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and held things well together. It
seemed base desertion to leave them.
Milly cried one whole night. Then
she took up her burden, laughing her
sweet way along the path of duty,
sometimes dark, ever hopeful.
Milly proceeded with her baking.
She felt guilty at the extravagance,
but she loved sweet and pretty
things, even edibles, and had to add
a pan of cookies to the heap of bis
cuits. Of both she made up a small
package, put it under her arm and
donned, her sunshade.
"I am going to run over to Aunt
Ward's," she announced.
"It's a prety hard climb over the
range for a hot day like this," sug
gested Mrs. Gordon.
"Oh, I don't mind that," chirped
Milly, "and I've had rare luck with
Just as Milly started to run across
the yard she paused in startled won
der. Coming through the open gate
way, limping, blood stained, swaying
from side to side, was a dog. The ani
mal seemed to have fallen or had
been battered by a rock landslide up
in the range. He ran to the pump andA
licked the .empty water pail, looking
imploringly into the face of Milly. "
"You poor sufferer!" cried the sym
pathetic girl, and she filled the pail
and placed it before the animal who
drank thirstly. Then she tossed him
a cookie from her bundle which he
"You just rest here until I get
back," said Milly, "and I'll see if there
is any cold meat for you."
But the animal, revived, ran about
her in a circle. It would lift its head
and utter a loud echoing, baying
sound. Then, regarding her beseech
ingly the animal started in front of
her, frequently looking back to ob
serve if Milly was following.
To the intelligent Milly all this
meant something. She decided from
the appearance of the dog that he
had "fallen somewhere, perhaps into
a pit. In trying to escape he had
grazed sharp-pointed rocks or they
had fallen upon him. Was it possible
that the animal had a human com-
panion, who, too, had sustained in-
jury, and the faithful dog had start-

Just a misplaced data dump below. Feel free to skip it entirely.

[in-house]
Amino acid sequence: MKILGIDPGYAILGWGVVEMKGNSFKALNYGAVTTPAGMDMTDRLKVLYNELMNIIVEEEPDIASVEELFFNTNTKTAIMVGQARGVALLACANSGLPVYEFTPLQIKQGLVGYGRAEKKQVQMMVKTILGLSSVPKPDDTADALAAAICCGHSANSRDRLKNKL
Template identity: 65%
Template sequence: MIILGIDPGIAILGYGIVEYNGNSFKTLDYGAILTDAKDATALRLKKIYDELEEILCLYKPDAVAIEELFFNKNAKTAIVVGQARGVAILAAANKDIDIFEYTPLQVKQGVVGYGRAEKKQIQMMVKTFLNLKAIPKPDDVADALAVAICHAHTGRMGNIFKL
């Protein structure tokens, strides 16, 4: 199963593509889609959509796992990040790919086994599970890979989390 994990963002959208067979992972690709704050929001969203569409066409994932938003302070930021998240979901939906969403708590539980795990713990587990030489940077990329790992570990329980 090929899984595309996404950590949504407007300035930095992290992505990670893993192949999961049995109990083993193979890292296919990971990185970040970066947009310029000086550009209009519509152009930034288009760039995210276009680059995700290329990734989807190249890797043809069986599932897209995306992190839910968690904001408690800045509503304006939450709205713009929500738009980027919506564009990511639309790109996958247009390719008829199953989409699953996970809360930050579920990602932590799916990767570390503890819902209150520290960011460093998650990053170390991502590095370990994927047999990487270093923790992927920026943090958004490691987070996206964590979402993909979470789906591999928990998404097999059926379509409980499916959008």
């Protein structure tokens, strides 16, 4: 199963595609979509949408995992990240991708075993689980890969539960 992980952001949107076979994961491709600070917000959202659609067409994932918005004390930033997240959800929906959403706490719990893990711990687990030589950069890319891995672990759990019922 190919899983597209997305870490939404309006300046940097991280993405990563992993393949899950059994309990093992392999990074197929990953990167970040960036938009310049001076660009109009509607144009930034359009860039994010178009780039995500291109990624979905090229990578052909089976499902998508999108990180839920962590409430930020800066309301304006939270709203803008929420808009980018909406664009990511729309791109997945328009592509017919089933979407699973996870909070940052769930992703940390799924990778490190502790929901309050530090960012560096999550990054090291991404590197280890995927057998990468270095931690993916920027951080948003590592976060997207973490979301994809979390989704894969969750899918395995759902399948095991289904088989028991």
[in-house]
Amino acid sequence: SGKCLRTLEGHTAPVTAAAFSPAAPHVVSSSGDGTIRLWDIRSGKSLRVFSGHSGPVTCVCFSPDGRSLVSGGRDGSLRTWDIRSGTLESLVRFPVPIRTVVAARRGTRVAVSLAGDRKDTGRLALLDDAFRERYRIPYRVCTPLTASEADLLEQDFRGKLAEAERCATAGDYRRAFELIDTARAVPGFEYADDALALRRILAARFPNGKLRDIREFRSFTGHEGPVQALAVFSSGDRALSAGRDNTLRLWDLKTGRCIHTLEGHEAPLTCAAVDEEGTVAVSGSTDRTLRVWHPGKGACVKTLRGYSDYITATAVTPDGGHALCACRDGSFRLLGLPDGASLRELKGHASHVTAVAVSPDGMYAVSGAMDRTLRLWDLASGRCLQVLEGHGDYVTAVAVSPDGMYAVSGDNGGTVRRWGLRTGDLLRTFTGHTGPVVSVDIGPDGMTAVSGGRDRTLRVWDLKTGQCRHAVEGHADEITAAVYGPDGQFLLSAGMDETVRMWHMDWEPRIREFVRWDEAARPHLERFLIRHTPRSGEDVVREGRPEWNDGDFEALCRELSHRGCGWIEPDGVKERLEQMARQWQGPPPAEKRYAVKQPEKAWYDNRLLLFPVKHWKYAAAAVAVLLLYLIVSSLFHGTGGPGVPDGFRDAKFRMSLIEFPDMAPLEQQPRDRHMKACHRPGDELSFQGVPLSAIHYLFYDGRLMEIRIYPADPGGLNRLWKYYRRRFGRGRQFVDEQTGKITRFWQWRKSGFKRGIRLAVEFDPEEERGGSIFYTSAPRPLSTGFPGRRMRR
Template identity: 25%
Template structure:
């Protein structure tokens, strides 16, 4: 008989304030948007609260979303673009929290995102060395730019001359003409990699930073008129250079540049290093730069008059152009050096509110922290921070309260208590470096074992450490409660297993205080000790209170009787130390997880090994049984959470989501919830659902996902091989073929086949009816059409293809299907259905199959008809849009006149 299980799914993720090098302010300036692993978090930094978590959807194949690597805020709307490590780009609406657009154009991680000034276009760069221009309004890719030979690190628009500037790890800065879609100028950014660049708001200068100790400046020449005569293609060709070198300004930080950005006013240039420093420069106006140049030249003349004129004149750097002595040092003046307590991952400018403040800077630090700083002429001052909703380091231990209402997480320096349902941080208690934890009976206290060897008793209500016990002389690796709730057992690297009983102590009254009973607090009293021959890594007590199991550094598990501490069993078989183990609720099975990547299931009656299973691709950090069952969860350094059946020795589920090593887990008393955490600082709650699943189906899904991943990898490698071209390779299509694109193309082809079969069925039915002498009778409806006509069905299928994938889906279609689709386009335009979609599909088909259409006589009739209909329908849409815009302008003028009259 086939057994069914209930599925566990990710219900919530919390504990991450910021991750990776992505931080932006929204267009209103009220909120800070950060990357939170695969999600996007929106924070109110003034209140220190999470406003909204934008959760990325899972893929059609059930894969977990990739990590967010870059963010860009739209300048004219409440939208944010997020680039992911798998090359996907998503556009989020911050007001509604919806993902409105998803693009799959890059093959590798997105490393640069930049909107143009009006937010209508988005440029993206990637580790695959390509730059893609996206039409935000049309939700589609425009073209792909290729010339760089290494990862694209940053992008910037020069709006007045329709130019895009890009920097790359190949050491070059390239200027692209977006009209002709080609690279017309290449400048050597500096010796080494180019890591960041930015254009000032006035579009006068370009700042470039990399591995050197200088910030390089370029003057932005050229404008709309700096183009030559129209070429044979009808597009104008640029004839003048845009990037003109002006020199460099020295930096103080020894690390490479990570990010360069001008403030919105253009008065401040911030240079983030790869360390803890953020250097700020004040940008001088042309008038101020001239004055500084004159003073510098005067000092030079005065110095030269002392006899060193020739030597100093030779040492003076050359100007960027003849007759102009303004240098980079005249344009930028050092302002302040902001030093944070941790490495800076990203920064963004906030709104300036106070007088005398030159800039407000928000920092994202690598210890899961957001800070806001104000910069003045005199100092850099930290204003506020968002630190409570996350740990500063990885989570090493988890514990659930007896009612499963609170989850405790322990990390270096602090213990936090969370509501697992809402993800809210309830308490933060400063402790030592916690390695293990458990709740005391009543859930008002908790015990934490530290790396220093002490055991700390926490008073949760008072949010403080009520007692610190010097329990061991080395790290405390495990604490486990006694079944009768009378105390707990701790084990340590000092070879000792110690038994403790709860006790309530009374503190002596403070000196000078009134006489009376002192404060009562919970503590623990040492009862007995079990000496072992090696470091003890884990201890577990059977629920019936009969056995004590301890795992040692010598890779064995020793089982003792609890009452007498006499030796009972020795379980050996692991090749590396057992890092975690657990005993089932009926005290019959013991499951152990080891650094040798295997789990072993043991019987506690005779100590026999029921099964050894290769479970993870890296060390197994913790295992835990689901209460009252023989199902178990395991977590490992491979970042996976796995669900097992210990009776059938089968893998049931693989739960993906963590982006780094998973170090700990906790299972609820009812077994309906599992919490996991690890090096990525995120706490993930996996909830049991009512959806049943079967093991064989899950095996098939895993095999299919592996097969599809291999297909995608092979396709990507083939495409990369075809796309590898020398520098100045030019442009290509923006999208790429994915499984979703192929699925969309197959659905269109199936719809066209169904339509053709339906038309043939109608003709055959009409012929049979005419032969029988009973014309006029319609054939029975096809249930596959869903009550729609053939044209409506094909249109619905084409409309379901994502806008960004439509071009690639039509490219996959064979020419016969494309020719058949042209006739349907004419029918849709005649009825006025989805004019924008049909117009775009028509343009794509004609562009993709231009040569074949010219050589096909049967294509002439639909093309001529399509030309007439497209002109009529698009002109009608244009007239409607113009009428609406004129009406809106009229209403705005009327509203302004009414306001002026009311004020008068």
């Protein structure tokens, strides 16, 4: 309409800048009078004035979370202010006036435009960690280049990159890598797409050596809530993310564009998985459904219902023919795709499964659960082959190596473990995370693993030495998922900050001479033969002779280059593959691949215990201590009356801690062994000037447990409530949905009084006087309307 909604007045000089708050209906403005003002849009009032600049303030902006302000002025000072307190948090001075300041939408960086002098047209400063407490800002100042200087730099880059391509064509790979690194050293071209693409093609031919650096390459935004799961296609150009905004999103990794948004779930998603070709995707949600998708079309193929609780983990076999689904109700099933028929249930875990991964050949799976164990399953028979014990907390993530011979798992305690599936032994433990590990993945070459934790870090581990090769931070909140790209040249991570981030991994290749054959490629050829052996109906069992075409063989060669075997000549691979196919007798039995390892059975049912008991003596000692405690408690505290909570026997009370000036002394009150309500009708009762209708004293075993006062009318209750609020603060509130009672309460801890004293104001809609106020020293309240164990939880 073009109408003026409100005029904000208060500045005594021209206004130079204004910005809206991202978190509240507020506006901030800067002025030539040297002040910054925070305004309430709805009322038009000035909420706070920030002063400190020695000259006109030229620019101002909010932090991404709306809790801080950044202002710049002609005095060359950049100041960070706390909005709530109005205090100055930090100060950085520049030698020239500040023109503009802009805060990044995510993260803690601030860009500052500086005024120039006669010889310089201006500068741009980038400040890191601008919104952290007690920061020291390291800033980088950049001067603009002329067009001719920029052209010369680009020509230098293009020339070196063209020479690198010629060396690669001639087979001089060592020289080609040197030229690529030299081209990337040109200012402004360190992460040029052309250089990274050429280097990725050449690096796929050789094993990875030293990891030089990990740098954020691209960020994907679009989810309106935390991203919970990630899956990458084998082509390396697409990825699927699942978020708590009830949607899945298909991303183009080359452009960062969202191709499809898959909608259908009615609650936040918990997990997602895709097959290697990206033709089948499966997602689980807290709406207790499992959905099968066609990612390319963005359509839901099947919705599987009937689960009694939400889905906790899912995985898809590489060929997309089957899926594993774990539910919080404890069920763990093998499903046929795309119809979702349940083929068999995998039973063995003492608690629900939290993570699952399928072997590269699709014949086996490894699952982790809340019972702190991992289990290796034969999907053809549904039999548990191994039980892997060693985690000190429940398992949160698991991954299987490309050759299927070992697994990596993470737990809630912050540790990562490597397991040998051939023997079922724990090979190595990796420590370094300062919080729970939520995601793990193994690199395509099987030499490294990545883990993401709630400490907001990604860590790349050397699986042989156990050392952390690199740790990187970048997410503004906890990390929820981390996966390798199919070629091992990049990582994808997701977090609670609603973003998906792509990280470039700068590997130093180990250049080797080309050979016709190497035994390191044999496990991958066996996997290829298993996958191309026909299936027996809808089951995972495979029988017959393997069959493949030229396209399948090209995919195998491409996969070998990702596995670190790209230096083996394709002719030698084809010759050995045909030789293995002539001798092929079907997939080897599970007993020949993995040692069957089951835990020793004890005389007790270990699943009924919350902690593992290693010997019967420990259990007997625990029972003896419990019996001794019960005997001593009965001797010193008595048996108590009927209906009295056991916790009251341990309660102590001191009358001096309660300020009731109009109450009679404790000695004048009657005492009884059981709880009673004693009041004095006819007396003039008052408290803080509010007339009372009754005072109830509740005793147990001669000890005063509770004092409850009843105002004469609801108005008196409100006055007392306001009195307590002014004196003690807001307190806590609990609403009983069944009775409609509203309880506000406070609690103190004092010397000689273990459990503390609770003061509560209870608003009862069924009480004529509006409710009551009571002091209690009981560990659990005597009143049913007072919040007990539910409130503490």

ed out to bring assistance and res
cue? At least so Milly reasoned, and
when, half way across the range, the
animal paused at a spot with which
Milly was entirely familiar, she'
guessed out the situation in a flash.
"Someone has fallen into the cav
ern pit!"she exclaimed.
Milly quickly descended a slant"
twenty feet away. Further progress
brought her up against a vine-clad
wall of solid rock. She brushed aside
a great clump of verdure to disclose
a gap in the rock surface. Through
this Milly crept, followed by the dog.
She experienced a vivid shock as
she noticed lying on the ground a
young man. He was motionless and
his eyes were closed. His clothing
indicated taste and wealth, his fea
tures were open and handsome. A
walking staff by his side indicated a
stranger tourist, inadvertently fallen
into the pit
Milly did everything by impulse.
She threw down -her bundle of
goodies and hurried from the spot.
The dog did not accompany her, but,
as she retraced her way from the
pit, came up and licked her hand, as
if encouraging her in her good work.
She did not consume much time in
getting back home.
Mr. Gordon was on a neighboring
farm. Milly located him and recited
the tragedy of the hour. There was
no resisting her appeal and marked
out plan. Mr. Gordon soon had a
horse hitched to a light wagon, sum
moned a helper, and all hands hur
ried away to the vicinity of the old
"Dear me!" gasped Milly, starting
back in embarrassment and wonder
as she once more found entrance to
For the handsome young man had
revived, it seemed. He looked woe
fully haggard and in evident pain, but